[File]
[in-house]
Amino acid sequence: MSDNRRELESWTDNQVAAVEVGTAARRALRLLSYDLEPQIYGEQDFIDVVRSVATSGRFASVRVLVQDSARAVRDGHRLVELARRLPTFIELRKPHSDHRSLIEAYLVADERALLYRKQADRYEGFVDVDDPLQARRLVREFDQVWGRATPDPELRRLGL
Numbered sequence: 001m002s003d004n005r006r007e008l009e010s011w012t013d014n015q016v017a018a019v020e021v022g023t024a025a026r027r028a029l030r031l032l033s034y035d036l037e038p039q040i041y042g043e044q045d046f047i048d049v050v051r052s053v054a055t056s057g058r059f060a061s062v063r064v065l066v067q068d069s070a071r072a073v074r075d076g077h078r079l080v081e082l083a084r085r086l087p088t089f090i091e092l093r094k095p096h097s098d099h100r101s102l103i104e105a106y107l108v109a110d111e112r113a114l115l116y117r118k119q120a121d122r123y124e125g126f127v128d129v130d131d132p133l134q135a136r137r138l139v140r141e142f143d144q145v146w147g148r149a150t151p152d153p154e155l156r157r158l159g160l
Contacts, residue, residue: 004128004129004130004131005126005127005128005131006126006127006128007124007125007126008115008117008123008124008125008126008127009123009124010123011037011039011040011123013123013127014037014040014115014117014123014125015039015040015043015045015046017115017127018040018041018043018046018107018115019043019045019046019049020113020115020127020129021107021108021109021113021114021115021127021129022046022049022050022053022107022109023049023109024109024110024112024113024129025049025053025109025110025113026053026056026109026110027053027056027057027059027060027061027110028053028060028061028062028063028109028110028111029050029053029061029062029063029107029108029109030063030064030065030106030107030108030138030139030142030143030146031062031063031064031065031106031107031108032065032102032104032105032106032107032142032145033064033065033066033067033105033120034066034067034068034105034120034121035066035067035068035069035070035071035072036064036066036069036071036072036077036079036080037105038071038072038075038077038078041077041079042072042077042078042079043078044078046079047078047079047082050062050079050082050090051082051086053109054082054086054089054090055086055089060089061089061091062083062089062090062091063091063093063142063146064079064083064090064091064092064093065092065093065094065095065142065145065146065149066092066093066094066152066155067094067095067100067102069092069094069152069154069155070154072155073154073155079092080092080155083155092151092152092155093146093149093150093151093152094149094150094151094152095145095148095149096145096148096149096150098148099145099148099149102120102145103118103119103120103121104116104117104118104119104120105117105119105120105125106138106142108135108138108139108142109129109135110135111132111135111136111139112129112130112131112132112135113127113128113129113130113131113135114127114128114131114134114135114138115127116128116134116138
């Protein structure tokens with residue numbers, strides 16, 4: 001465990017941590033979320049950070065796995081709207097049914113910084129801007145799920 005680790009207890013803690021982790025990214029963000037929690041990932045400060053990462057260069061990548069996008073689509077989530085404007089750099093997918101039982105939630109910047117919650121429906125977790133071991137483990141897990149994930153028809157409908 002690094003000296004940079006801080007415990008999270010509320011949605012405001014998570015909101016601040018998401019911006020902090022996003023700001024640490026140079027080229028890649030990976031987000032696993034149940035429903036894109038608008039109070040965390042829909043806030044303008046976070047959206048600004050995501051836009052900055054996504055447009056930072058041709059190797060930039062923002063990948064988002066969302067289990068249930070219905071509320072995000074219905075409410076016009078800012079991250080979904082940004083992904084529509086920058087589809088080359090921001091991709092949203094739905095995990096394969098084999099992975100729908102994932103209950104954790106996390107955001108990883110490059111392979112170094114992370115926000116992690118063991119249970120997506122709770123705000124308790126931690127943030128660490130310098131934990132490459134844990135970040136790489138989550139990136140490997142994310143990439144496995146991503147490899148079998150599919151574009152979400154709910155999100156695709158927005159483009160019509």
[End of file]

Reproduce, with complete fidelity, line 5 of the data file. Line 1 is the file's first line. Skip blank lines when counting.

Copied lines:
């Protein structure tokens with residue numbers, strides 16, 4: 001465990017941590033979320049950070065796995081709207097049914113910084129801007145799920 005680790009207890013803690021982790025990214029963000037929690041990932045400060053990462057260069061990548069996008073689509077989530085404007089750099093997918101039982105939630109910047117919650121429906125977790133071991137483990141897990149994930153028809157409908 002690094003000296004940079006801080007415990008999270010509320011949605012405001014998570015909101016601040018998401019911006020902090022996003023700001024640490026140079027080229028890649030990976031987000032696993034149940035429903036894109038608008039109070040965390042829909043806030044303008046976070047959206048600004050995501051836009052900055054996504055447009056930072058041709059190797060930039062923002063990948064988002066969302067289990068249930070219905071509320072995000074219905075409410076016009078800012079991250080979904082940004083992904084529509086920058087589809088080359090921001091991709092949203094739905095995990096394969098084999099992975100729908102994932103209950104954790106996390107955001108990883110490059111392979112170094114992370115926000116992690118063991119249970120997506122709770123705000124308790126931690127943030128660490130310098131934990132490459134844990135970040136790489138989550139990136140490997142994310143990439144496995146991503147490899148079998150599919151574009152979400154709910155999100156695709158927005159483009160019509």